While respecting governments’ consensus in the Southern African Development Community, the government of Botswana has made it clear that it differs with SADC on some of the decisions passed at the SADC Extra Ordinary Summit held in Johannesburg, South Africa, on November 9, 2008.
Addressing Parliament on Thursday, Phandu Skelemani, Botswana’s Minister of Foreign Affairs and International Cooperation, described SADC’s decision to order the co-management of a Ministry by two ministers from different parties as “unrealistic, impracticable and unworkable”.
At the Johannesburg summit, SADC decided that Zimbabwe’s Ministry Of Home Affairs, which is in charge of the police, be run by two ministers from Robert Mugabe’s ZANU-PF and Morgan Tsvangirai’s Movement for Democratic Change.
“This does not reflect a genuine and credible commitment to equitable power-sharing,” Skelemani said, adding that the full and effective implementation of the Global Political Agreement signed in Harare on September 15, 2008 is crucial to ending the crisis of legitimacy in Zimbabwe.
“It is regrettable that ZANU-PF continues to act as if they are the senior partner in the negotiations wielding the power of veto on the implementation of the Agreement,” Skelemani said.
He added that Botswana recognizes that decisions in SADC are reached by consensus, after which they reflect the collective position of the organization.
“However, it would be remiss of us if we did not express our strong reservations/disagreements, as we did during the summit, regarding the co-management of the Ministry of Home Affairs.”
In answer to a question from a member, Skelemani defended the MDC’s announcement that they would not be taking part in any SADC recommendations by saying that the MDC came to SADC with hope but were terribly disappointed when SADC turned against them and forced them to accept something else other than what they thought they deserved.
“They (MDC) responded in shock. They were surprised by SADC’s stand. It is my hope that after they settle down, they will want to take part in what SADC recommended,” the minister said.
Turning to the Agreement, Skelemani said that Botswana wished to reiterate its strongly held view that if the Agreement cannot be implemented as soon as possible, the international community should demand a re-run of the Presidential election in Zimbabwe “under international supervision so that the long suffering people of Zimbabwe can resolve the impasse by voting to decide who their true leaders should be”.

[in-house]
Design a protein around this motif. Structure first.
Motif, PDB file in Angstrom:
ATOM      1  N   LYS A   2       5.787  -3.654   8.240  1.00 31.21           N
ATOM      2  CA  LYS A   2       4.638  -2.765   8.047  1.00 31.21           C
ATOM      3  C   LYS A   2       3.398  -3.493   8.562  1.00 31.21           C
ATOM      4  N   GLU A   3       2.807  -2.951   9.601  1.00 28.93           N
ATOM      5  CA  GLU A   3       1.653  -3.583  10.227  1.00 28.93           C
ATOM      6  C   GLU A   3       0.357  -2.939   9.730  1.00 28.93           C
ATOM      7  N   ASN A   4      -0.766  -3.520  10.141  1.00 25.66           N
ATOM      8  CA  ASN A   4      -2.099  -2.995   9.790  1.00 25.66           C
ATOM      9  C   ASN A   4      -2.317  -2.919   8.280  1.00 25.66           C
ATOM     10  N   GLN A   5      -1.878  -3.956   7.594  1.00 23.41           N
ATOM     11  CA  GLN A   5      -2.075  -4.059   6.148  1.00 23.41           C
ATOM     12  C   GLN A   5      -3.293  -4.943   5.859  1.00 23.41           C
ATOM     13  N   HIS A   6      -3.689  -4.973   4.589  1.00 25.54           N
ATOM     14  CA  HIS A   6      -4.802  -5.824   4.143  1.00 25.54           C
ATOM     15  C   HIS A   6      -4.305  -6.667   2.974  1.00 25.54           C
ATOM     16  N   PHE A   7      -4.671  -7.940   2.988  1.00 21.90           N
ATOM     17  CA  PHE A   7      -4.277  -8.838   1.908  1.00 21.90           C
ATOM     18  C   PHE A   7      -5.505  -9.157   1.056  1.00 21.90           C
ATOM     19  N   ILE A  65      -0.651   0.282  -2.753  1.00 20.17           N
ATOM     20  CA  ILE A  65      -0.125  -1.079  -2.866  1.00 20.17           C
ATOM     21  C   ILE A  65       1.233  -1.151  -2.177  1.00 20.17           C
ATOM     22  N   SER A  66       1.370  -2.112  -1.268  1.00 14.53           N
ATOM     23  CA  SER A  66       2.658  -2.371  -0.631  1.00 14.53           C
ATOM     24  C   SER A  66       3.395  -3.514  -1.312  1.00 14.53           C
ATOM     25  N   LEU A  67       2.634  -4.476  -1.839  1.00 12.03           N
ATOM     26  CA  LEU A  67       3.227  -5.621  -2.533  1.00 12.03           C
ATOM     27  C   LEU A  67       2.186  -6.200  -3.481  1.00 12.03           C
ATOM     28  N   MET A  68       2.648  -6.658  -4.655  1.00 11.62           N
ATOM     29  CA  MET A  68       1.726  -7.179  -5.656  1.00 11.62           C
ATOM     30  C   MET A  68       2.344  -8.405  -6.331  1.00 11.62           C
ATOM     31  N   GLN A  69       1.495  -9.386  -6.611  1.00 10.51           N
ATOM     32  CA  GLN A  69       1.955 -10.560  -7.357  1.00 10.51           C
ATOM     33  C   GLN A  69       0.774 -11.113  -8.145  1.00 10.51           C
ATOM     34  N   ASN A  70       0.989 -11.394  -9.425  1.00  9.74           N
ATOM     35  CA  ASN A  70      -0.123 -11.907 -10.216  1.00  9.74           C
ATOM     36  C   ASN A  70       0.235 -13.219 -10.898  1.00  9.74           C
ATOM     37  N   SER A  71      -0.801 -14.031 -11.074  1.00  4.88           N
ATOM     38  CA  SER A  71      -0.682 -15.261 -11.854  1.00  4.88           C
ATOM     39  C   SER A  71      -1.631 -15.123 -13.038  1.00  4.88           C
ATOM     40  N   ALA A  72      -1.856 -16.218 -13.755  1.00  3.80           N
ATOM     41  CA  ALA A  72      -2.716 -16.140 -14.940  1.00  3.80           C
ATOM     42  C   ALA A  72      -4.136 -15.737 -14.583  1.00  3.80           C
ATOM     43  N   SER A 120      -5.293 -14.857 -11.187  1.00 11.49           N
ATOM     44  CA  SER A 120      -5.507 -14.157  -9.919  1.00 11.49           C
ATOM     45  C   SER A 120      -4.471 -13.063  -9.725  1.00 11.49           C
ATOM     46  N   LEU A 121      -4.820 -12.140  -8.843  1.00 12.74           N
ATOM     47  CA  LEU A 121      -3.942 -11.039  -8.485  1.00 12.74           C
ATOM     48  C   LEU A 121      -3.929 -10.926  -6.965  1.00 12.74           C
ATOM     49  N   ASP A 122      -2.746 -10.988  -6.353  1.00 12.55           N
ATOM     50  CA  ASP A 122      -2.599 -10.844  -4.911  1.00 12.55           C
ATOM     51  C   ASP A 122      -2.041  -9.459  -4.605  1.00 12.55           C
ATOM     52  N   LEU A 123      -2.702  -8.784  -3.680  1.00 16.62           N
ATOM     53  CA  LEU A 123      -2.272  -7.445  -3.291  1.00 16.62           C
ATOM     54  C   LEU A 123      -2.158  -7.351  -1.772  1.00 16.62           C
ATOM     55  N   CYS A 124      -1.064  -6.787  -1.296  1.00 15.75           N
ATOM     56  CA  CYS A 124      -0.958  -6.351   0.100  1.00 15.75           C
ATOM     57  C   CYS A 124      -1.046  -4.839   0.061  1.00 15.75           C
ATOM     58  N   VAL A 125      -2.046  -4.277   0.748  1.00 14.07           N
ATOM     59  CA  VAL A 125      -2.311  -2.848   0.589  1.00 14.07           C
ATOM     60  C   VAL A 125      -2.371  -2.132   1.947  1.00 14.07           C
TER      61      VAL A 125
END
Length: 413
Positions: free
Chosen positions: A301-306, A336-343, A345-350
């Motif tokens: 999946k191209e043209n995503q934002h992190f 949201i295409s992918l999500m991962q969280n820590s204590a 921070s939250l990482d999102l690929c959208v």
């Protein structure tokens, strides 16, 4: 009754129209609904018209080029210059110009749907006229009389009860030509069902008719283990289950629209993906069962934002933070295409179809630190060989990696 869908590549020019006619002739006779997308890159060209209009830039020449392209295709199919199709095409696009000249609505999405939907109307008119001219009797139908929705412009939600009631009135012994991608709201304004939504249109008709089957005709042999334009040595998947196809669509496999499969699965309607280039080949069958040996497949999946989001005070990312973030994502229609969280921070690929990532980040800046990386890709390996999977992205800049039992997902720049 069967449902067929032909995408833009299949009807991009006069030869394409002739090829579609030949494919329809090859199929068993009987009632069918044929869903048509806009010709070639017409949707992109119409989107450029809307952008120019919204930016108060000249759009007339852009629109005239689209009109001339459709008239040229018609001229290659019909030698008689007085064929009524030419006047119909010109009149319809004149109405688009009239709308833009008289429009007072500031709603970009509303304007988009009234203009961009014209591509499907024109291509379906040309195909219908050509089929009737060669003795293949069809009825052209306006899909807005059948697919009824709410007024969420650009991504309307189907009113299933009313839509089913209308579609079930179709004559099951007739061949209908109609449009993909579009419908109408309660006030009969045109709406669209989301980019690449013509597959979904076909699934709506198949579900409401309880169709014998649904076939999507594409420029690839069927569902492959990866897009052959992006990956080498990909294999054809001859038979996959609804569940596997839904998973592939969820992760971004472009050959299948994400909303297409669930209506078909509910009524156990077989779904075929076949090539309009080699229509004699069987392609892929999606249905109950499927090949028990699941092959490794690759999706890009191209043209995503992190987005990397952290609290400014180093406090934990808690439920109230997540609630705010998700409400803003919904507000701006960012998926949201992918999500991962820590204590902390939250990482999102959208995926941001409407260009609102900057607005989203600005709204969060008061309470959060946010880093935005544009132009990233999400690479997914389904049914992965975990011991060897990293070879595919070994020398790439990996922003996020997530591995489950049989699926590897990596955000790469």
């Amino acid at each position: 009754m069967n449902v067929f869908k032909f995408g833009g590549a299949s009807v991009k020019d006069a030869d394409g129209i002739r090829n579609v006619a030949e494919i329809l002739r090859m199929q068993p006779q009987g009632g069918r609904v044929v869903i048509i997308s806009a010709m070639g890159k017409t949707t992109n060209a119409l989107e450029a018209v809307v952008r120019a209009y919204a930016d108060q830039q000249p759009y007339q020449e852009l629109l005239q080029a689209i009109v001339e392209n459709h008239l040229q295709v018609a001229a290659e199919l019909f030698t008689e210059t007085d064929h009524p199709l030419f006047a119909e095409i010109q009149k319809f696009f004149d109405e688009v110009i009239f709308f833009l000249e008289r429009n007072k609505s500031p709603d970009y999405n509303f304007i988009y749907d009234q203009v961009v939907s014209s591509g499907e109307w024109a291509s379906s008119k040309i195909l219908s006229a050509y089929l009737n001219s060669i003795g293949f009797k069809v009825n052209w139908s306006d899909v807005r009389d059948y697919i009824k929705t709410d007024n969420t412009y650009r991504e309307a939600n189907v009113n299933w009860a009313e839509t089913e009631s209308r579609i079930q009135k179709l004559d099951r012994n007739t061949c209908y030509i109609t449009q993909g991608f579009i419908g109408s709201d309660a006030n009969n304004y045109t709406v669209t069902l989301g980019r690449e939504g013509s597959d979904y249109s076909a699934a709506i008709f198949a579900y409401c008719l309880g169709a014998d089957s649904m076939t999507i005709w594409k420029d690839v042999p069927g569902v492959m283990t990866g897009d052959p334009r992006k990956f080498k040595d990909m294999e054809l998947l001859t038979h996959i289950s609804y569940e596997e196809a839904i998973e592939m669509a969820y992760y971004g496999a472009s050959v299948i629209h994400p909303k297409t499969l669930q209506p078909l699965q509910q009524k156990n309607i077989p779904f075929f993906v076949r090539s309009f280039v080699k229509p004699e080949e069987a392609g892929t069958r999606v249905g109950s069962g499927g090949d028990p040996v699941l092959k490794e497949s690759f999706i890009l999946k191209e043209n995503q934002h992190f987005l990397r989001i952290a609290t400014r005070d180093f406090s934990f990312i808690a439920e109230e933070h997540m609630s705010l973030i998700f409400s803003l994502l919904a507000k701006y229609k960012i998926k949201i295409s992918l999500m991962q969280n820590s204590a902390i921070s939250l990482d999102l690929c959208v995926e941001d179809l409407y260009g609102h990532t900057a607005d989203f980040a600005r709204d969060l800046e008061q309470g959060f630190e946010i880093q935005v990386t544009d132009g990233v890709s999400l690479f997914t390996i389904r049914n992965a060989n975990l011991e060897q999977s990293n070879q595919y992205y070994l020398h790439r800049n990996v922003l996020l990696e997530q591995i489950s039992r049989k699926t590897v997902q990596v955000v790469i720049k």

On sanctions against Zimbabwe, Skelemani said that Botswana would never consider such a move or support it as “it would only hurt the ordinary Zimbabwean”.
“As an immediate neighbour to Zimbabwe, sharing more than 600 km of common border, with high level of people to people contact between the two countries, Botswana naturally takes a keen interest in developments in Zimbabwe…Botswana will not impose or support sanctions. Today, Zimbabweans are crossing the border into Botswana and imagine our soldiers feeding them. They are dropping at the feet of our soldiers…”
Skelemani then turned to the accusations by Zimbabwean officials that Botswana was training some MDC youths to effect a regime change in Zimbabwe and said that it was meant to divert attention from the real issues at hand.
“The allegations that the Government of Botswana would wish to train foreign nationals on its territory to effect regime change is ridiculous and all who are aware of Botswana’s longstanding commitment to the principles of good neighbourliness, non-interference in the internal affairs of others, and peaceful resolution of disputes in our region and elsewhere would no doubt attest to this.”
He said the government of Botswana totally rejects these unsubstantiated allegations, “which are obviously nothing more than an excuse to engage in acts of intimidation and harassment of innocent Zimbabweans and a desperate attempt to divert attention from the real issues facing Zimbabwe”. He denied that Botswana is interfering in the internal affairs of Zimbabwe.
“Botswana has no choice but to openly express her concern about the deteriorating political situation, and make calls for authorities in that country to take necessary steps to end the unnecessary suffering of the people of Zimbabwe,” said Skelemani. “We do not accept that by doing so, we are interfering in the internal affairs of the Republic of Zimbabwe because the situation in that country adversely affects us.”